From an adoring home crowd to their faces on trash cans, it was an unforgettable week for French ice dancers Gabriella Papadakis and Guillaume Cizeron. They capped it with the best ice dance performance in history.
Papadakis and Cizeron followed their Olympic gold with their fifth world title, posting the highest score ever to close the world championships in Montpellier on Saturday.
“In Beijing, we were really going there to compete and to get the gold, and that was our goal,” Cizeron said. “Here, I think we saw it more as a celebration of our journey, of our school, of the sport.”
Papadakis and Cizeron broke their own records for the rhythm dance, free dance and total score, tallying 229.82 points, which was 2.84 more than the previous high they set at the Olympics.
They distanced silver medalists Madison Hubbell and Zachary Donohue by 7.43 points, the third-largest margin of victory since the new scoring system was implemented in 2005. Madison Chock and Evan Bates took bronze, completing a podium of three dance couples that train together in Montreal that all produced personal bests.
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Papadakis and Cizeron now own the three biggest margins of victory and are one world title shy of the dance record set by Liudmila Pakhomova and Aleksander Gorshkov in the 1970s. Not that they focus on numbers.
“True story, when we’re in the kiss and cry and the score comes up, we have no idea what it means,” said Papadakis, whose dad owns the Big Fat Greek Gyros food truck in Austin, Texas. “We look at the coaches to ask if it’s good or not.”
Before their free dance, Cizeron felt chills from the screaming audience, which was largely absent at the Olympics. He had difficulty holding back tears. Papadakis said it was a once-in-a-lifetime event to compete at the top of their game at a home world championships, where their faces were everywhere.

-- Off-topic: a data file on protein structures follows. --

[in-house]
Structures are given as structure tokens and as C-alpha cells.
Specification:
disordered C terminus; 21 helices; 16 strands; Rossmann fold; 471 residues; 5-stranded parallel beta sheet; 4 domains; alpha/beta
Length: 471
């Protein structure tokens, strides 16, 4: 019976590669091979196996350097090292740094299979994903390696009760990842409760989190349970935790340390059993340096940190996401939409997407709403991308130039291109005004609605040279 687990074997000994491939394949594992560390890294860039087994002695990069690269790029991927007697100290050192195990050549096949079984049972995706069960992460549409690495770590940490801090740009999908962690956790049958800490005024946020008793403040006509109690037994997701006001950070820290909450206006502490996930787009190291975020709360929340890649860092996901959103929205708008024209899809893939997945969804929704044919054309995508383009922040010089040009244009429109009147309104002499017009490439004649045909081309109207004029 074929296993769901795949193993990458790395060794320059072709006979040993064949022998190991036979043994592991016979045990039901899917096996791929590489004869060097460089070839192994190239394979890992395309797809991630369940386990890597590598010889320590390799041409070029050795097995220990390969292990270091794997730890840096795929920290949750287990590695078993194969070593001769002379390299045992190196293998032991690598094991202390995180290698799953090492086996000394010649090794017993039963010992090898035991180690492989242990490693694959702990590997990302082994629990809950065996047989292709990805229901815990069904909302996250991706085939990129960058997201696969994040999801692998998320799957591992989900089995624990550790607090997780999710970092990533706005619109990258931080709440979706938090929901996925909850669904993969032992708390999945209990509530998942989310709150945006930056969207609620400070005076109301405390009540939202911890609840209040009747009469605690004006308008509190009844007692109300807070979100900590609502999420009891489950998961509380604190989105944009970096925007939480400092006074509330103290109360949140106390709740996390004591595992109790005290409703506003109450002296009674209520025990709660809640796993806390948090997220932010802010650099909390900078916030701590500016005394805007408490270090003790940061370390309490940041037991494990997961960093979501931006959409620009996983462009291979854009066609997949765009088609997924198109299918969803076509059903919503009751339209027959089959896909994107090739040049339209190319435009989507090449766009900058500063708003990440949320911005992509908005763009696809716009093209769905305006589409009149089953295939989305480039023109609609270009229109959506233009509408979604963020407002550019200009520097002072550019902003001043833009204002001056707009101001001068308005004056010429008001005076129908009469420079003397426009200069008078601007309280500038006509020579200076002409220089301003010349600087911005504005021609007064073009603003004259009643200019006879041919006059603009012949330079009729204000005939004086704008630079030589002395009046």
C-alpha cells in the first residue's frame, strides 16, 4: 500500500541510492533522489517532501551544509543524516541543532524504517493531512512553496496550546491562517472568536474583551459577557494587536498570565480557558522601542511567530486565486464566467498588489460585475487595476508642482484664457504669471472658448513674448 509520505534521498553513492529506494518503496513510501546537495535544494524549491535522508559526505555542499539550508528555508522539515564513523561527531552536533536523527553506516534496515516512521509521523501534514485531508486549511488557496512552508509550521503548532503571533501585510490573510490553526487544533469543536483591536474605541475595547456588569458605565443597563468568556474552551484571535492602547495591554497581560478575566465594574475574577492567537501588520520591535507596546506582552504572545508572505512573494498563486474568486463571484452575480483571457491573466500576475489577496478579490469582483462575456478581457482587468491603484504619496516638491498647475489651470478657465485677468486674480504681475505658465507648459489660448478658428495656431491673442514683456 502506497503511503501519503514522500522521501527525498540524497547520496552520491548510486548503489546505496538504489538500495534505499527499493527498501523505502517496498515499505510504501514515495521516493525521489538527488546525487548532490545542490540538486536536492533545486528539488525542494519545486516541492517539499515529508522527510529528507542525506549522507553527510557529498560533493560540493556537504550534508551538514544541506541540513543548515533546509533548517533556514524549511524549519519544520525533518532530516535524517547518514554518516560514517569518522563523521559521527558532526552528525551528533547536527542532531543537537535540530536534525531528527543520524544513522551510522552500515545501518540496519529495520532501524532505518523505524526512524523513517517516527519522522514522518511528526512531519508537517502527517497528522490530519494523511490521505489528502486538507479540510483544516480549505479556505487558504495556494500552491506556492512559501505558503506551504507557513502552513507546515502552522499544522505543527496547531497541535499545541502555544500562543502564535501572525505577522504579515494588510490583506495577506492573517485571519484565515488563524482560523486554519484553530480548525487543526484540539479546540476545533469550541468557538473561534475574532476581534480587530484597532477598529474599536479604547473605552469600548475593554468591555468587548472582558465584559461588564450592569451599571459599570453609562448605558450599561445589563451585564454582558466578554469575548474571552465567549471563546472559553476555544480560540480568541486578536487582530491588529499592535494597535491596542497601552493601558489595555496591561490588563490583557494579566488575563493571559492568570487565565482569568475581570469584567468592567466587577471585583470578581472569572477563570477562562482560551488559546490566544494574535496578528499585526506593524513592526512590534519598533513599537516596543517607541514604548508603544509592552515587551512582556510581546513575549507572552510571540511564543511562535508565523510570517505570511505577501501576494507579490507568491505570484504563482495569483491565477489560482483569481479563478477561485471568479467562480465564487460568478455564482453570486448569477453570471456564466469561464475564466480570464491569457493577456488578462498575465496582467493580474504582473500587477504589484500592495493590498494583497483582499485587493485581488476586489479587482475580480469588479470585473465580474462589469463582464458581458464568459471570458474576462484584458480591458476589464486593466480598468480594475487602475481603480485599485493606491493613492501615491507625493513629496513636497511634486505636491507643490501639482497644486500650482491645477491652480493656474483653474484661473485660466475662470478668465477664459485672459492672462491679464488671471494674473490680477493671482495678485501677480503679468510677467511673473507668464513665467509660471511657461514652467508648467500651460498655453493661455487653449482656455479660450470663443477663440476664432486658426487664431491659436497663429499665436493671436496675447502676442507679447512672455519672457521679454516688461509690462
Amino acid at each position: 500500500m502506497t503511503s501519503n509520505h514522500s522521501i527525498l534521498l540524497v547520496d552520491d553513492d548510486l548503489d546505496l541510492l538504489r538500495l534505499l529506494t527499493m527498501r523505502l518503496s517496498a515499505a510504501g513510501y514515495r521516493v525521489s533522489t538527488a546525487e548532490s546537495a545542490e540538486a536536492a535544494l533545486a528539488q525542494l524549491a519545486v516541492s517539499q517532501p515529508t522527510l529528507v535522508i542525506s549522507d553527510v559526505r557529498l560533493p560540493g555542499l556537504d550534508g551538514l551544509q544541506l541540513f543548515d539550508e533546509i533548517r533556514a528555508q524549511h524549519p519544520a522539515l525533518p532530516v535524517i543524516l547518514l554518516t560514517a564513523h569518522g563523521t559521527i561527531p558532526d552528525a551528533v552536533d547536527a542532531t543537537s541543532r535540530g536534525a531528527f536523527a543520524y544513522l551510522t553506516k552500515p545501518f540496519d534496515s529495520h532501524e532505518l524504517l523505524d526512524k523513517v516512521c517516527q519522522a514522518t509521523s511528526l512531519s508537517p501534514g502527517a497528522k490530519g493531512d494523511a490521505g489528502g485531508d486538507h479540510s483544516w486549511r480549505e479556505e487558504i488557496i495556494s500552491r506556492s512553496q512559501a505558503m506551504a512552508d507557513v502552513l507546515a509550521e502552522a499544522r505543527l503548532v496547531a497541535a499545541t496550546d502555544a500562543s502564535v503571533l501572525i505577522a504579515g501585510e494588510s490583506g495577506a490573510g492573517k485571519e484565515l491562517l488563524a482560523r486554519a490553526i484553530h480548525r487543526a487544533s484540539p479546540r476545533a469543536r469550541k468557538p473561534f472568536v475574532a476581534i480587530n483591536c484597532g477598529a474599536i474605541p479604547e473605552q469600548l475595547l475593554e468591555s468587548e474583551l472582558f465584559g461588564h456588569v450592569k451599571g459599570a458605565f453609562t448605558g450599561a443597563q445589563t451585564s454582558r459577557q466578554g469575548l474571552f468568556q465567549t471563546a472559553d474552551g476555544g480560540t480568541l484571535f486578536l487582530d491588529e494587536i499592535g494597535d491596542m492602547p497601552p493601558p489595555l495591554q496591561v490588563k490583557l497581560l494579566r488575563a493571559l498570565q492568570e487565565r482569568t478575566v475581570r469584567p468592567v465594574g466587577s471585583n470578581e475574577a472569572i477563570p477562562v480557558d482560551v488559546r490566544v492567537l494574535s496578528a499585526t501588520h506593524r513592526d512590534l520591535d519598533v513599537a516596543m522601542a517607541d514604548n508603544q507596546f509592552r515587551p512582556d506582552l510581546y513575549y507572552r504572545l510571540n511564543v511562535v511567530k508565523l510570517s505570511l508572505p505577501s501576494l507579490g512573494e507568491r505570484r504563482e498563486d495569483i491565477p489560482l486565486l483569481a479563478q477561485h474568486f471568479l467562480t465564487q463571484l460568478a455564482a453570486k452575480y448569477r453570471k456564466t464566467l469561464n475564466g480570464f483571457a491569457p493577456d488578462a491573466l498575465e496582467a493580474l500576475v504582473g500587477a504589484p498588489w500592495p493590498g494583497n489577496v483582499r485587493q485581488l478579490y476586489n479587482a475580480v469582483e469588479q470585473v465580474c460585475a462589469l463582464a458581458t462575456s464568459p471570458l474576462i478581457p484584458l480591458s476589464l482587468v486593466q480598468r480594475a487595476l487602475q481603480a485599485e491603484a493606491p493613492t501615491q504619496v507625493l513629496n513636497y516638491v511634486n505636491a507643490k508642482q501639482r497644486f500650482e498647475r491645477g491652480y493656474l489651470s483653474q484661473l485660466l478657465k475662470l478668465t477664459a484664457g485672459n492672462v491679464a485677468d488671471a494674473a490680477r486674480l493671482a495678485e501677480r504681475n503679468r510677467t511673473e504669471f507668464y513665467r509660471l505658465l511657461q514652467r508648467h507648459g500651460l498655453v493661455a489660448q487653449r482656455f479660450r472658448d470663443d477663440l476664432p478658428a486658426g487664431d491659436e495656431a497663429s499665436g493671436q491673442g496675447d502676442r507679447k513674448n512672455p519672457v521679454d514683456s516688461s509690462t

“We’ve seen ourselves on trash cans; we’ll take it as a compliment,” Cizeron said. “Hand sanitizer, water bottles, a tramway, many bathrooms. … Our coach Marie-France [Dubreuil] said, ‘You know you’ve made it when your face is on a bottle of water.’
“We would rather have it on a bottle of Champagne.”
Nobody in the world field has beaten the French in more than seven years. Victoria Sinitsina and Nikita Katsalapov, the Olympic silver medalists and only couple to beat the French since the 2018 Olympics, weren’t at worlds due to the Russian ban.
The U.S. won at least one dance medal for a seventh consecutive time and, for the first time since 2016, earned two medals. Overall, American dance couples grabbed 17 medals in the last 17 years, with the last gold in 2013.
Hubbell and Donohue, the Olympic bronze medalists, earned their fourth world championships medal (all silver or bronze) in their final competition before retirement. Hubbell had said her goal was to not cry until after the performance, but she couldn’t even make it through the morning practice without full sobs of happy tears.
“I wasn’t handling it super well,” she said. “I wasn’t going to search for the emotion of it being my last time and instead celebrate what I’ve been able to become over the last 22 years. I couldn’t be happier with what we did on the ice.”
Chock and Bates picked up their third world medal, and their first in six years.
“It certainly hasn’t been an easy path getting back onto the world podium,” Chock said. “I honestly wouldn’t have it any other way because I feel like we were meant to take this journey.”
The U.S. earned a medal in every discipline at worlds for the first time since 1967, thanks in part to Russia’s ban and China sending no skaters. The U.S. has never won a medal in all four disciplines at an Olympics since dance debuted in 1976.
Next year, the U.S. is expected to have the maximum three entries in all three disciplines at a worlds for the first time since 1982, pending confirmation of pairs’ spots after Ashley Cain-Gribble and Timothy LeDuc‘s withdrawal due to injury during the free skate.
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